Usually, in dermatology clinics, I often encounter patients who come to see podiatry. Most patients can’t distinguish whether they have corns (commonly known as “foot spikes”) or plantar warts (commonly known as “thorns or warts”) and calluses (commonly known as “calluses”). Some dermatologists are also in the cloud. Patients often mistake the three for “corns”. As human beings progress, they gradually break away from manual labor and walk for a long time. Clinically, it is true. Corns are already very rare, so I took time today to take everyone to get a comprehensive understanding of these three, so as not to spread the crown and lead to misdiagnosis and mistreatment.

1. Corns

It is a limited conical keratinous growth caused by chronic friction or pressure. The tip is deep into the skin and the base is exposed on the surface of the skin. It is round like corns, hence its name. The color is light or dark yellow, and the surface is smooth and skinny. Wrinkles are slightly transparent and have clear boundaries. Pressing the top will cause pain due to the tip oppressing the subcutaneous nerve. Most patients come to see a doctor because of the pain that affects walking and work. They are more likely to occur in areas that are prone to friction such as hands and feet, or between fingers or toes. Occurrence, rarely more than 3, is not contagious, and individual patients will not be treated and will heal and subside after the external force is removed.

2. Verruche plantari

It is caused by human papillomavirus (HPV) type 1. It is transmitted through direct or indirect contact. Pathogenesis is related to the skin wounds caused by trauma and the individual’s immune status. People with abnormal or weak immune function are more likely to be infected. Early skin color papules, which gradually develop into round gray-yellow spots with rough and uneven surfaces (generally not become “cauliflower-like” due to plantar pressure), the skin lines are not obvious or damaged, the boundaries are clear, and the surrounding area Slightly thickened horny ring, with small black spots and or bleeding points after the wart body surface is cut off or the wart body is broken. Generally, it is not painful, and some patients have slight pain; it is infectious, large in number, rarely single, and feet It can appear in various parts, and most of them are first on one foot or only on one foot.

3. Callus

It is a light yellow flat keratinocyte hyperplastic plaque formed by long-term compression or friction stimulation, with thin edges, thick middle, round-like, large area, individual patches or strips, slightly transparent, generally, no sensation, Individual patients are accompanied by chapped, pain, and/or tenderness that is not obvious, and it is more common in the frictional parts of the bone protrusions. It is more common in patients with foot deformities, long-term sports friction, or inappropriate shoes, and those who love to wear high heels. Not contagious.

4. How to identify the three?

The corpus callosum is relatively simple, with large light yellow patches appearing on the rubbing site. The diagnosis can be confirmed by combining the clinical symptoms and picture comparison. The patients generally rarely go to the doctor because they have no obvious discomfort, and they will use a knife to trim them by themselves, but plantar warts and corns are justified. It is easy to confuse, and plantar warts are often called “corns”.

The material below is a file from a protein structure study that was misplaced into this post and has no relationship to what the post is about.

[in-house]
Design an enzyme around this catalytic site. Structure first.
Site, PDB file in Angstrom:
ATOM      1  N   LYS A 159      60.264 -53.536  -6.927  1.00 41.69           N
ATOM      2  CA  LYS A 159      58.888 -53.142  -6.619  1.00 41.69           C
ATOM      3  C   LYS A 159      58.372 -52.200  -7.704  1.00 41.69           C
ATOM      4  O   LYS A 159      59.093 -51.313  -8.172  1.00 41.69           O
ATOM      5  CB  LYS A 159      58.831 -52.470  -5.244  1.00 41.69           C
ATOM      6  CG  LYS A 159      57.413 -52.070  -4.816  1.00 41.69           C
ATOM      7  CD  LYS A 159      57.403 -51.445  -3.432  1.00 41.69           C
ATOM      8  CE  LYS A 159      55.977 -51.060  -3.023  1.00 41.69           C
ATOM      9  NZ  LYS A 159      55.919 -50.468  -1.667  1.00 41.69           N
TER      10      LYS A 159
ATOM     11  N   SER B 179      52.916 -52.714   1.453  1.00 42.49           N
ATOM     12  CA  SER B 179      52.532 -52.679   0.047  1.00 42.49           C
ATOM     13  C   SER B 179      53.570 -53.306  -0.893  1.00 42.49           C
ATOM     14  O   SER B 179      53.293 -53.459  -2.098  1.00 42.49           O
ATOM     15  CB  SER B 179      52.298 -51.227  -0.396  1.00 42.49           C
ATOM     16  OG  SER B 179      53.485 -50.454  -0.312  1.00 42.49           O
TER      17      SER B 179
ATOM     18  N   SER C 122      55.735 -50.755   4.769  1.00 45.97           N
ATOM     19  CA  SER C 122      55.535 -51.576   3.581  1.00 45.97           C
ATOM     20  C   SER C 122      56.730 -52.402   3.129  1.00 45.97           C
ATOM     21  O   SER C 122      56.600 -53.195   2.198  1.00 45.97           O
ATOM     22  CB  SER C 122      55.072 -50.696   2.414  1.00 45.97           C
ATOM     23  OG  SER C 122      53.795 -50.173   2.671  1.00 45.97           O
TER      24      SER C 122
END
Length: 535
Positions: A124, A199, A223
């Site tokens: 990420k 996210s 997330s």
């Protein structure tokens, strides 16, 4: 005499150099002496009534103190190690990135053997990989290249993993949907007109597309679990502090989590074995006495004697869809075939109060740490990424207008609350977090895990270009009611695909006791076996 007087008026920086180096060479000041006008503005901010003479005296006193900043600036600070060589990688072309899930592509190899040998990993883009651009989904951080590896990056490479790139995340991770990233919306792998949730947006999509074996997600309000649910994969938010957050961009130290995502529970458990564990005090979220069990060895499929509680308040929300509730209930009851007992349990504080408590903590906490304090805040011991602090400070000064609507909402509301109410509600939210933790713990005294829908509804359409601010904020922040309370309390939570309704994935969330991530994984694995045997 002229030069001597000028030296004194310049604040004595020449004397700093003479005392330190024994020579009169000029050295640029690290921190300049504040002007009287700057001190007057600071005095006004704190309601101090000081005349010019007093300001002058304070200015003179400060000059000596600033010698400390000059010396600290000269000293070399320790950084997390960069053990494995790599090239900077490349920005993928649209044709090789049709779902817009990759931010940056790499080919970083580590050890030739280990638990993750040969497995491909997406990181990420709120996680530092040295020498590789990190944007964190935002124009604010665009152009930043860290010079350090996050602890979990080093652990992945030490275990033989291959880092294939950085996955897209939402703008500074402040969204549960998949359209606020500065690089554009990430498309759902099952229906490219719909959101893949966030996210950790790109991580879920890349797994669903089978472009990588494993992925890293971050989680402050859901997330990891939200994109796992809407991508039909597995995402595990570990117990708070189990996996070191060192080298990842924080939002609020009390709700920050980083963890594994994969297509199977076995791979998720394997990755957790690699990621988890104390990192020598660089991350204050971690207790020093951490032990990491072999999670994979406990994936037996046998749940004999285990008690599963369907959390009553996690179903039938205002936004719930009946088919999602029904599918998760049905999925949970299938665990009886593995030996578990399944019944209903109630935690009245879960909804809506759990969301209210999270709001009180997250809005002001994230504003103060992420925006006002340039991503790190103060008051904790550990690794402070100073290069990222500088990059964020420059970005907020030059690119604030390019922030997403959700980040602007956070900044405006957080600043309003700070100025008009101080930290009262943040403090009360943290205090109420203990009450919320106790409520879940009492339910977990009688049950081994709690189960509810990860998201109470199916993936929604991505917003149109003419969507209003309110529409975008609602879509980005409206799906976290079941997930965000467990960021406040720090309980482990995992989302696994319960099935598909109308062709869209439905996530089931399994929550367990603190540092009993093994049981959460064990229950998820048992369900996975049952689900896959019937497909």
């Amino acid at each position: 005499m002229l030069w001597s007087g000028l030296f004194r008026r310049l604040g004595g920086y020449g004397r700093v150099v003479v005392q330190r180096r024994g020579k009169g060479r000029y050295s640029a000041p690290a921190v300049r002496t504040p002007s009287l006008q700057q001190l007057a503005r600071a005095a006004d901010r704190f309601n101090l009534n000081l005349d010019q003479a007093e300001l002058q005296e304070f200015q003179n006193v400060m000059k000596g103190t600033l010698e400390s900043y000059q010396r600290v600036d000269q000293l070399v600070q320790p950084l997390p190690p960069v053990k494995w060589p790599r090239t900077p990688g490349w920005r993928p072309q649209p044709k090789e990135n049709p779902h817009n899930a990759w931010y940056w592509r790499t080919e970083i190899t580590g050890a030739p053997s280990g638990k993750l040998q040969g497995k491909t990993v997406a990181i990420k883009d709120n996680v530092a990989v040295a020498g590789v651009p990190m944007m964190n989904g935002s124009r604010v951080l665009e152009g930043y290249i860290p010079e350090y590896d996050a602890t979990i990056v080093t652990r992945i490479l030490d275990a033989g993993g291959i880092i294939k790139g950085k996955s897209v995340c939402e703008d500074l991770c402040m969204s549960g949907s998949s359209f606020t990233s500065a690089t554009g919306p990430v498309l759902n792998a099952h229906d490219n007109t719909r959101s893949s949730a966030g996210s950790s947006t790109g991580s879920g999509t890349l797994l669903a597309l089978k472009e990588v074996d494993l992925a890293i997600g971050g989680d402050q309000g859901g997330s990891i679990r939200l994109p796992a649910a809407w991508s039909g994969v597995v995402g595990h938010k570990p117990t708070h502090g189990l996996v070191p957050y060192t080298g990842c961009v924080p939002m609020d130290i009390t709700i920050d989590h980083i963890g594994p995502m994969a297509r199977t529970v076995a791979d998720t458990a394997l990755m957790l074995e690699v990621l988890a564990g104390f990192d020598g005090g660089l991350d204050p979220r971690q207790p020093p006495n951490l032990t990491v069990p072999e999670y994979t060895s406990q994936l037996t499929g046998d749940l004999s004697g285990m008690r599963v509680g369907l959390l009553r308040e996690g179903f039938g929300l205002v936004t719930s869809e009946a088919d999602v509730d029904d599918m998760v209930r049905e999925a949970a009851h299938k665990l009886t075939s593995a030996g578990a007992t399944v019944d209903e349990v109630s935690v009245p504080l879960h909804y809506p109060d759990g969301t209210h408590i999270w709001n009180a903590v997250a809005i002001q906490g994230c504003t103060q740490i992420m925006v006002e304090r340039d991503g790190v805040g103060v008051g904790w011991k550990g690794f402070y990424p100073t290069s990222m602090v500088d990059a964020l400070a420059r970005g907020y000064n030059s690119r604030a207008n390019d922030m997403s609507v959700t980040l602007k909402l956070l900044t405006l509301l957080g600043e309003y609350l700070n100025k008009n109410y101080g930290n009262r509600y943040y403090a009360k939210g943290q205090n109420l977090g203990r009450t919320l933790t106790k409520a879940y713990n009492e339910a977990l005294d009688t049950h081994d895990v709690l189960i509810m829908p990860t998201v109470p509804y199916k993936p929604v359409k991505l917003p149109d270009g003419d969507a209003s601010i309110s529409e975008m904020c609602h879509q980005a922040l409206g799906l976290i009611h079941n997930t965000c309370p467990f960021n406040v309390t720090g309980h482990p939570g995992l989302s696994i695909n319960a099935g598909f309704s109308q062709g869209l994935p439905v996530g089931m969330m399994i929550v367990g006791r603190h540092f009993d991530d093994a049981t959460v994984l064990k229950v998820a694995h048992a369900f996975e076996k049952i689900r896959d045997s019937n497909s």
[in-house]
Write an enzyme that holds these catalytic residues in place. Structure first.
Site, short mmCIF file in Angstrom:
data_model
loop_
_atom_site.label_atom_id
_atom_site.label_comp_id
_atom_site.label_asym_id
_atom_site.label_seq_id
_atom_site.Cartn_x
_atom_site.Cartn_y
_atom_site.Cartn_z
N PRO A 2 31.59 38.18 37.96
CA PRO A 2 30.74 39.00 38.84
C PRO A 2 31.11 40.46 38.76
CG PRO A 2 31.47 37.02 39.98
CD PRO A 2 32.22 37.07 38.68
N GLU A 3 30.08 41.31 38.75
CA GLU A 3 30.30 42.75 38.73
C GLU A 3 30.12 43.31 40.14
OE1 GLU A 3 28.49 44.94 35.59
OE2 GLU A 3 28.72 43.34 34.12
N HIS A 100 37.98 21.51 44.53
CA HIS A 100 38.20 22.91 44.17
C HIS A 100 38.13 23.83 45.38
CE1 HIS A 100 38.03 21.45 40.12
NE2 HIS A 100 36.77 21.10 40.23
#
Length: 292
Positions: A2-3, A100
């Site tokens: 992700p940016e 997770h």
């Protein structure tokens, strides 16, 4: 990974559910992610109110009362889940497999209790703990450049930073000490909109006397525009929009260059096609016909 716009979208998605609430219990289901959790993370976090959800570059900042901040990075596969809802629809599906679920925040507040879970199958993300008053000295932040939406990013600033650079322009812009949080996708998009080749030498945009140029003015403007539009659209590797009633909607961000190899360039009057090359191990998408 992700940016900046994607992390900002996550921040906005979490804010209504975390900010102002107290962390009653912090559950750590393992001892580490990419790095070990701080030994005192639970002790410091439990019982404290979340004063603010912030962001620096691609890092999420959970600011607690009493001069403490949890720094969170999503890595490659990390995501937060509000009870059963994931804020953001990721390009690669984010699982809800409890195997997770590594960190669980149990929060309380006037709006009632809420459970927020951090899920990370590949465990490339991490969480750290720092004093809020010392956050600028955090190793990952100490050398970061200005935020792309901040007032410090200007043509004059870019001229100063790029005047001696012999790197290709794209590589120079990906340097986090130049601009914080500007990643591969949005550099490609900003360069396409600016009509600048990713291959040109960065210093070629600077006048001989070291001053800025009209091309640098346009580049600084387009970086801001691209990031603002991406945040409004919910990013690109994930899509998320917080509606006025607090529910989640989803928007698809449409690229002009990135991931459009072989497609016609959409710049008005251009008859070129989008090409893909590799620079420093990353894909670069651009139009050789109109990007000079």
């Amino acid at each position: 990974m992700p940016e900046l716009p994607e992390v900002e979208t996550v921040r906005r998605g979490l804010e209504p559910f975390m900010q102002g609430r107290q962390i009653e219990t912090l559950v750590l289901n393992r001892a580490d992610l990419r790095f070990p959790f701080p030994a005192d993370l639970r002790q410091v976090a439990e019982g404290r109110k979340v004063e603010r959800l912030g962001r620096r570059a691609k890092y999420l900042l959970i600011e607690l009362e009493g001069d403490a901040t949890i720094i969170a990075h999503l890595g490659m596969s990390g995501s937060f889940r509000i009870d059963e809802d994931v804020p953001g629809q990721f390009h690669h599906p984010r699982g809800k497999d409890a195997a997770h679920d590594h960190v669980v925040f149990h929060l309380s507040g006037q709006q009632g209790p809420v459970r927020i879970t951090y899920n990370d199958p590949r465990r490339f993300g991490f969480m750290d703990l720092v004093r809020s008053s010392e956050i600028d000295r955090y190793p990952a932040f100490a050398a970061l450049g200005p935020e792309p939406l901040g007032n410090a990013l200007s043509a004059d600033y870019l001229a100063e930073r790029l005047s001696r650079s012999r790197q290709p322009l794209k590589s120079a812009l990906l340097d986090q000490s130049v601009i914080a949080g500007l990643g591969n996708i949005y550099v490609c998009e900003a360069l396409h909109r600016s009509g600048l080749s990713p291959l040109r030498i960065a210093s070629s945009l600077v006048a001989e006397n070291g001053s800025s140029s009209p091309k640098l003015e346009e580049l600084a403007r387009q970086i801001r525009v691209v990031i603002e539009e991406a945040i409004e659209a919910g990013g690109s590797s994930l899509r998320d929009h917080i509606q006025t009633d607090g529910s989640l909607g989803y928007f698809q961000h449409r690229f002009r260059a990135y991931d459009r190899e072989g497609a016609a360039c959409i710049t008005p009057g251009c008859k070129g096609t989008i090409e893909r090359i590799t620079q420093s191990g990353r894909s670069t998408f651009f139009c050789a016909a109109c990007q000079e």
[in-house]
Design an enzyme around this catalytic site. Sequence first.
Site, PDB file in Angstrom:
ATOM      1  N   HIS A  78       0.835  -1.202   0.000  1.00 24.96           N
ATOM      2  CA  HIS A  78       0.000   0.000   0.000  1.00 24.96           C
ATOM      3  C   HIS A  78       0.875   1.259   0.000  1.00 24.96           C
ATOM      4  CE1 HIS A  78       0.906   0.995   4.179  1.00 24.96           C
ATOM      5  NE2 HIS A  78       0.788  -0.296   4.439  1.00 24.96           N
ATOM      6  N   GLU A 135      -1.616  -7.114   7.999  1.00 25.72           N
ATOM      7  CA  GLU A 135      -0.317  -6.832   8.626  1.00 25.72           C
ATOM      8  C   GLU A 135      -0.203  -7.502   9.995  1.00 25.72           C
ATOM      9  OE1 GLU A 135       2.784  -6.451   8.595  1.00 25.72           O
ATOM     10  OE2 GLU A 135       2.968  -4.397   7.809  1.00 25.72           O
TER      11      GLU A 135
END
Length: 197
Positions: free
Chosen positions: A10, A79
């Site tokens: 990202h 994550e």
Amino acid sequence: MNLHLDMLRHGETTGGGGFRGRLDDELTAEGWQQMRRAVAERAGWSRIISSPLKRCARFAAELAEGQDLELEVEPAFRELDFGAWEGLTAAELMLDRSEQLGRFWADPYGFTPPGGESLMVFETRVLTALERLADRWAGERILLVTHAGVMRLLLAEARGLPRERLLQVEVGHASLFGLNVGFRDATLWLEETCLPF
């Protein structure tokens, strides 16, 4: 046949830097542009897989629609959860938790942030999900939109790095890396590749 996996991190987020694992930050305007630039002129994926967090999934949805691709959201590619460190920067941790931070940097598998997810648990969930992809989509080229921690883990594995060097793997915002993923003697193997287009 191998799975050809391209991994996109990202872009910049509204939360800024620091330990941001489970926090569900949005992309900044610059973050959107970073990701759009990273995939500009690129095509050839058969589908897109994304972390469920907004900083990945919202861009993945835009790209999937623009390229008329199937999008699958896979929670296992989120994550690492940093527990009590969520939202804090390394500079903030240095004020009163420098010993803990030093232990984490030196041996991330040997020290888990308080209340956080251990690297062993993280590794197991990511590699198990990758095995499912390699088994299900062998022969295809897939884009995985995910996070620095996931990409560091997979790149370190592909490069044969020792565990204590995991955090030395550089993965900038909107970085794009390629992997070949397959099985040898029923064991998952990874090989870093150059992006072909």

Just remember this formula: corns are often single, painful, trimmed without black spots, and are not contagious. On the contrary, plantar warts are often multiple, painless, trimmed with black spots, and are easily contagious. In this way, it can be distinguished well. Of course, you should consult a dermatologist if you are atypical.

5. So the question is, how to treat it?

Callus: It is not necessary to treat it. After removing the friction and external force, it will soon get better and self-heal. Unless the pain is obvious, you can soak it in hot water and trim it with a knife. For some serious cases, you can try freezing or laser.

Corns: Corns can be removed by eye ointment, surgical resection, or laser, but they may leave scars. It is worth noting that if the diagnosis of corns is not possible, it is not recommended to use corns. In case it is a plantar wart, you will backfire and cause the spread of warts to increase.

Plantar warts: It is forbidden to use corn cream (may cause the wart to spread or bleed). Small quantities can be laser, frozen or topical ointments such as tretinoin cream, imiquimod, etc., large ones can be surgically removed and laser, generalized or multiple (such as inlaid warts) can try photodynamic therapy, drug injection, Or antiviral Chinese medicines are taken orally and or soaked. The combined treatment of multiple methods may be a better choice for multiple patients. The treatment of this disease generally does not require systemic medication. Immune drugs and antiviral drugs may be helpful to the treatment, but specific The effect is still to be discussed.

Note: If plantar warts are mistakenly applied to corn ointment, be sure to use an antibiotic ointment to control the inflammation before laser or cryotherapy, otherwise it will cause large ulcers and bleeding (as shown in the picture below), and finally leave serious scars.

6. Plantar warts are infected by the HPV virus, how can they become malignant?

Since plantar warts are mostly caused by HPV1 (low-risk) infections, they generally do not become malignant, and rarely become malignant (secondary verrucous carcinoma), so as long as you find them, you can go to the dermatology department of a regular hospital for diagnosis and treatment.

Finally, the differences between the three are shown again:

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